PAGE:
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Honduras Coup - Day 60 - August 26, 2009

  • Honduran resistance goes it alone
    By TheRealNews - : August 26, 2009

    60 days of anti-coup protests show persistence in civil disobedience and little faith in the international community.

  • Honduras: resistance continues despite repression
    By : August 26, 2009
    On Aug. 22 a delegation from the Inter-American Commission on Human Rights (IACHR, or CIDH in Spanish), an agency of the Organization of American States (OAS), issued what it called "preliminary observations" on the human rights situation in Honduras since a June 28 coup removed president José Manuel Zelaya Rosales from office. The delegation, headed by Luz Patricia Mejía Guerrero, said that from its visit it had "confirmed the existence of a pattern of disproportionate use of public force, arbitrary detentions, and the control of information aimed at limiting political participation by a sector of the citizenry."

  • Transcript of State Dept. Press Briefing: Visas, Military Coups and Recognizing the Winner of Next Honduran Election
    By : August 26, 2009
    The visa issue was a minor aspect of the briefing and a few of the reporters decided to put the screws to the State Dept. representative on two issues in particular: Was it or was it not a military coup? and If Zelaya is not returned to the presidency by the time the elections are held, will the US recognize the winner regardless?

  • The State Department and Honduras
    By : August 26, 2009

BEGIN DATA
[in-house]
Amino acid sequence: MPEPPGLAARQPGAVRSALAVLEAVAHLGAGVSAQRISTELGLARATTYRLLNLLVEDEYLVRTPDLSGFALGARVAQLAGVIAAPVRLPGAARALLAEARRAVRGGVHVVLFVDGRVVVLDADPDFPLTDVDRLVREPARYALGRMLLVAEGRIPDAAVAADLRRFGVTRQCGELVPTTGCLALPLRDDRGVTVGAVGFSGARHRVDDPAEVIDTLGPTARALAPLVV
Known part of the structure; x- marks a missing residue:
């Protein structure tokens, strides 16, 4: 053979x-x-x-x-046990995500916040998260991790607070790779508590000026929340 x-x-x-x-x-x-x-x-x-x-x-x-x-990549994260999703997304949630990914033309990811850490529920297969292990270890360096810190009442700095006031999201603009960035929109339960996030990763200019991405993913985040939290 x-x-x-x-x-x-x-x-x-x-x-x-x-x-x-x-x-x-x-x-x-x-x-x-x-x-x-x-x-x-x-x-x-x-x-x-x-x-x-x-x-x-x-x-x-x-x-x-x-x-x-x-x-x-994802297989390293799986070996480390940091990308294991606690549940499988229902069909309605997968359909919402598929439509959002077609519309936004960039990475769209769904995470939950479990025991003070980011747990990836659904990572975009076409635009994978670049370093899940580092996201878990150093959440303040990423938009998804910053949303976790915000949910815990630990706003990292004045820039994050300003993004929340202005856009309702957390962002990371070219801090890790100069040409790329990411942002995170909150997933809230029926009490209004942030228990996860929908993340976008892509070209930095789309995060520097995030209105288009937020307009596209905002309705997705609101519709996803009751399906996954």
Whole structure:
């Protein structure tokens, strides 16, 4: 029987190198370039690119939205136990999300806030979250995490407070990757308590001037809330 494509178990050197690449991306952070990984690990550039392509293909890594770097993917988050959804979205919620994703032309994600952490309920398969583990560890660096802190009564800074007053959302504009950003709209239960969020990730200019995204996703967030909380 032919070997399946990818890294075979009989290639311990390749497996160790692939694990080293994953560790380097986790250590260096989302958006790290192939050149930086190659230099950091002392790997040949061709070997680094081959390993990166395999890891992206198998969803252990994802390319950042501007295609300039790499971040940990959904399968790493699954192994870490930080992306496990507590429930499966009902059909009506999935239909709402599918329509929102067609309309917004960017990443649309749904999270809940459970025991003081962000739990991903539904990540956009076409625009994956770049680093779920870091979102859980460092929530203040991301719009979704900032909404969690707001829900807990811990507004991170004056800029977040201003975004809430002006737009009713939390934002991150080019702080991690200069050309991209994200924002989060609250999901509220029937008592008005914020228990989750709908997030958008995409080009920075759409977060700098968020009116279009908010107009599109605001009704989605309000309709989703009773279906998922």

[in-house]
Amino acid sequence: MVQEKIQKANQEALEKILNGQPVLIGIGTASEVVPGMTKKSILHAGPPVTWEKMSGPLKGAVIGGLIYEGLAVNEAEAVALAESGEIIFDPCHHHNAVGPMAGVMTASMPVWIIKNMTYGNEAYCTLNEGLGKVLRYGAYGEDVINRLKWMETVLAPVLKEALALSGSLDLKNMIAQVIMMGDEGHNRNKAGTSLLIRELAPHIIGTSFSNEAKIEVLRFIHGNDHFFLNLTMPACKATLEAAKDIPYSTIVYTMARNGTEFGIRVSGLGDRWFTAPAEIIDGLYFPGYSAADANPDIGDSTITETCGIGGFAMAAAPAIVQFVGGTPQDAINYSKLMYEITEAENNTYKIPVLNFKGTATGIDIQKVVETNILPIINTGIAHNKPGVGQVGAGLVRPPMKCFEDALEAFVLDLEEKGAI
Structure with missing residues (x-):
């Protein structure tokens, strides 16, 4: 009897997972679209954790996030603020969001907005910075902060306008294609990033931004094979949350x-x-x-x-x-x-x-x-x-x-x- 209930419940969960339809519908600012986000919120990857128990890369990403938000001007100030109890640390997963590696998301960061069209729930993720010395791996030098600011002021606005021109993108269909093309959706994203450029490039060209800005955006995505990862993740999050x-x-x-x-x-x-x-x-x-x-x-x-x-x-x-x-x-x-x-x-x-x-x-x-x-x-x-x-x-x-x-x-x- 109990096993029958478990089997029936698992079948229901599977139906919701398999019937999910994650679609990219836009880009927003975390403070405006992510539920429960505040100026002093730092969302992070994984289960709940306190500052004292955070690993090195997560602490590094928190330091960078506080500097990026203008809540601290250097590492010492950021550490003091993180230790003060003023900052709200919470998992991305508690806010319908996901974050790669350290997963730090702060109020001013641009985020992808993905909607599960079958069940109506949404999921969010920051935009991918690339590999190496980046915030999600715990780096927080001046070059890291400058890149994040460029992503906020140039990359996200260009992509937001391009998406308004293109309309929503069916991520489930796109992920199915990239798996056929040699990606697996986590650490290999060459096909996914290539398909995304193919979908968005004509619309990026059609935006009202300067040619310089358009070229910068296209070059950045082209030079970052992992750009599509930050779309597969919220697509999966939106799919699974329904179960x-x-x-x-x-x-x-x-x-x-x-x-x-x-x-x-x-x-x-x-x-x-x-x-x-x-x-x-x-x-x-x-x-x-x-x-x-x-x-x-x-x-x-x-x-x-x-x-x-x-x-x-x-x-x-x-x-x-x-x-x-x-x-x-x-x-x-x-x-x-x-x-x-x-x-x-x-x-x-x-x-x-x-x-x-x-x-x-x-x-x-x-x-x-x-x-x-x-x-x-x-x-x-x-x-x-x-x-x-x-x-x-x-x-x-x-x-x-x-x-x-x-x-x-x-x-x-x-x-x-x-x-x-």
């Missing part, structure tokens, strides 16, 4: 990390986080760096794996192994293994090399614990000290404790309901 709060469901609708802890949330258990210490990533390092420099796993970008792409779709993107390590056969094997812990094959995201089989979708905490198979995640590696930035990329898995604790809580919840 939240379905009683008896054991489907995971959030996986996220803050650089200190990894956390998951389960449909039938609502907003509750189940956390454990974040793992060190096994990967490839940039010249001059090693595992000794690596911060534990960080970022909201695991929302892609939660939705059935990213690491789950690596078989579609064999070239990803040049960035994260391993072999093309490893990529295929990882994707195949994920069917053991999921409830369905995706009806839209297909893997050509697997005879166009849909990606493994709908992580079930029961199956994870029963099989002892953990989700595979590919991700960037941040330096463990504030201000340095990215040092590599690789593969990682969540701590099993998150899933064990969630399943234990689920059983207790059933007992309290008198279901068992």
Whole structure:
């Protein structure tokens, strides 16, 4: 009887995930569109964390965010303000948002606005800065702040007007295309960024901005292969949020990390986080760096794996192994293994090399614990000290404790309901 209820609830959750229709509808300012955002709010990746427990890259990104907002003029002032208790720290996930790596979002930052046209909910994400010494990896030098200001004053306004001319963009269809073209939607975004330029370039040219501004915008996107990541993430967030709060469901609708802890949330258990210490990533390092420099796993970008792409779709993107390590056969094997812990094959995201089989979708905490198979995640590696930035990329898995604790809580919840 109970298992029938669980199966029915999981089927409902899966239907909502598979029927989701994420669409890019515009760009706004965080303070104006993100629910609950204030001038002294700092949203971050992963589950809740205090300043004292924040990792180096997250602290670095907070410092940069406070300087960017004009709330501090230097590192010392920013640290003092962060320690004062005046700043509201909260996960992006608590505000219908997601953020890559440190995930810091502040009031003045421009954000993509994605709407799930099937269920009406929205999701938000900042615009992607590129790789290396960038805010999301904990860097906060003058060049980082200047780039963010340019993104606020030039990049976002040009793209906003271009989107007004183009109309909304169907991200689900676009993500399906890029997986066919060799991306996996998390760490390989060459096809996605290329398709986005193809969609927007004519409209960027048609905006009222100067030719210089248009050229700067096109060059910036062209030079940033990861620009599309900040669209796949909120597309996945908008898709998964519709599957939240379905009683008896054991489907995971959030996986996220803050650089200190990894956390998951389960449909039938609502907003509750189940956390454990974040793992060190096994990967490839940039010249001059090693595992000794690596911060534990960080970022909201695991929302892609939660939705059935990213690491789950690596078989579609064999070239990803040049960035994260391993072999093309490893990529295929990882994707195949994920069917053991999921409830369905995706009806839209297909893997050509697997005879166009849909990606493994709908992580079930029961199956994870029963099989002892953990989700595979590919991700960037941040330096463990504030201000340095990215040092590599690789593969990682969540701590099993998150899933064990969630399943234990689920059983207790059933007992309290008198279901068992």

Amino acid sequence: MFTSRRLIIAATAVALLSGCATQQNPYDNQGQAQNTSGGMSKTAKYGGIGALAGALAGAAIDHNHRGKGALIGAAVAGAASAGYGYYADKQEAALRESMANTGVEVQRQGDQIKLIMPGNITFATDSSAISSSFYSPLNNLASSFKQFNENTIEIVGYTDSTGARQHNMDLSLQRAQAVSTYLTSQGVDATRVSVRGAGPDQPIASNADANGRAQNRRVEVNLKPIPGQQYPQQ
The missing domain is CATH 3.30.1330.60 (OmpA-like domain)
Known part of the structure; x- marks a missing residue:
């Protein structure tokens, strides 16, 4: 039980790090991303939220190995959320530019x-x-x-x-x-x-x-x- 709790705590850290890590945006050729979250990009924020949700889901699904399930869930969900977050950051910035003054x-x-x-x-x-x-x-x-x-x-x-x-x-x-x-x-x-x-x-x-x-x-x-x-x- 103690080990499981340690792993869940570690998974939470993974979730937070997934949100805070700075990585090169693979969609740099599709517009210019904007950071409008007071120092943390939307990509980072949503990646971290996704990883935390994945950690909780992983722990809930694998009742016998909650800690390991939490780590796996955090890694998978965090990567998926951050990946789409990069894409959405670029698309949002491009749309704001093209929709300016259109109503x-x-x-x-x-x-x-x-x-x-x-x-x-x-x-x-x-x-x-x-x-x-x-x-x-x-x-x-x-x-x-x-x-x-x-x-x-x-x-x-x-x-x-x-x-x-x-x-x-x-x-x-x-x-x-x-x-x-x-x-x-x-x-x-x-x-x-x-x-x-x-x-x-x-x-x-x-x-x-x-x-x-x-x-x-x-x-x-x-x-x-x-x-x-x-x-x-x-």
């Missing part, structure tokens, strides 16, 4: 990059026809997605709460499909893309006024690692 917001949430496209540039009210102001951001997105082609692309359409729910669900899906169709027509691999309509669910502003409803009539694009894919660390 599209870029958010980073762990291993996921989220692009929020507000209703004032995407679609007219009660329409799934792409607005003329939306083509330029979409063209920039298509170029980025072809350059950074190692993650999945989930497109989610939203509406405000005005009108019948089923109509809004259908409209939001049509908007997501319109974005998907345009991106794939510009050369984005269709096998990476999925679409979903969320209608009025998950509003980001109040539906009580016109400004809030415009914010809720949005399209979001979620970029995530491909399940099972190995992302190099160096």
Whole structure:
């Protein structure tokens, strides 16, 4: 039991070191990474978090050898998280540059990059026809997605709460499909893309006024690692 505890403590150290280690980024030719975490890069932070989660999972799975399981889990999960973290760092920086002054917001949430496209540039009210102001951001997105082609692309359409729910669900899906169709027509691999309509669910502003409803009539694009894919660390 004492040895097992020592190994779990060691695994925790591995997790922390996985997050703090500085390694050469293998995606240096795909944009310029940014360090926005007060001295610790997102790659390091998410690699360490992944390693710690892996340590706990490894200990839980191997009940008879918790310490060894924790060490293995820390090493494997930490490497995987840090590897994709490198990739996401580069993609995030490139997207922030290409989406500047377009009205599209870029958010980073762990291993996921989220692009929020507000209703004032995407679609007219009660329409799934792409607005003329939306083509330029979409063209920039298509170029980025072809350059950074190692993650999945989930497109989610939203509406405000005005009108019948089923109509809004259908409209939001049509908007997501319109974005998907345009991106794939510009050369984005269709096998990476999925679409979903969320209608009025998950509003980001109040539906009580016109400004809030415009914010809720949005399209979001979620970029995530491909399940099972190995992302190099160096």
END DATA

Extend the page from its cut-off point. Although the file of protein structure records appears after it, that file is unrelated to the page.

It is worth reading the transcript of a conference call a "senior State Department official" had with reporters, mostly Latin American. Those reporters asked some very good questions and kept probing, in a way that reporters from the U.S. have not.

  • Insulza Invites Zelaya to Speak to OAS Again
    By : August 26, 2009
    Disgusting. Insulza has invited Zelaya to address the OAS again. This clearly shows how unwilling Insulza is to change his views, and reveals this week's OAS chancellors misison as a meaningless charade.

  • Is he or isn't he? maybe Hugo Llorens knows
    By : August 26, 2009
    Now that the US has finally begun to move, albeit creakily, toward more sanctions on the recalcitrant de facto regime (as the clock ticks toward Monday's scheduled kickoff of the election campaign, already compromised...), rumors are in the air, and in the press. This morning, Honduras' El Heraldo published that "it has leaked out that the US ambassador, Hugo Llorens, will not return to the country by order of the State Department."

  • World recession, revolution and counter-revolution in Latin America
    By : August 26, 2009
    The Honduran coup sent a warning to the oppressed masses throughout Latin America. It reflected the fear of the establishment that more and more governments could go over to the camp of Venezuela, Bolivia and Ecuador. At the same time the hundreds of thousands on the streets of the Honduran capital Tegucigalpa, ready to defy the soldiers, underlined the scale of the resistance.

  • First Military Coup of 21st Century Reverses Honduran Women's Gains in Human Rights
    By Margaret Thompson - - : August 26, 2009
    The military coup d'état in Honduras on June 28th has seriously eroded democratic institutions and hard-fought gains in women's human rights and human rights in general. Setbacks include the takeover and militarization of the National Institute of Women (INAM) by the defacto coup administration, the suspension of 25 people including 18 women from their jobs at INAM, and violent repression by security forces of feminists who were protesting in front of the ministry, ordered by the defacto appointed Minister of Women.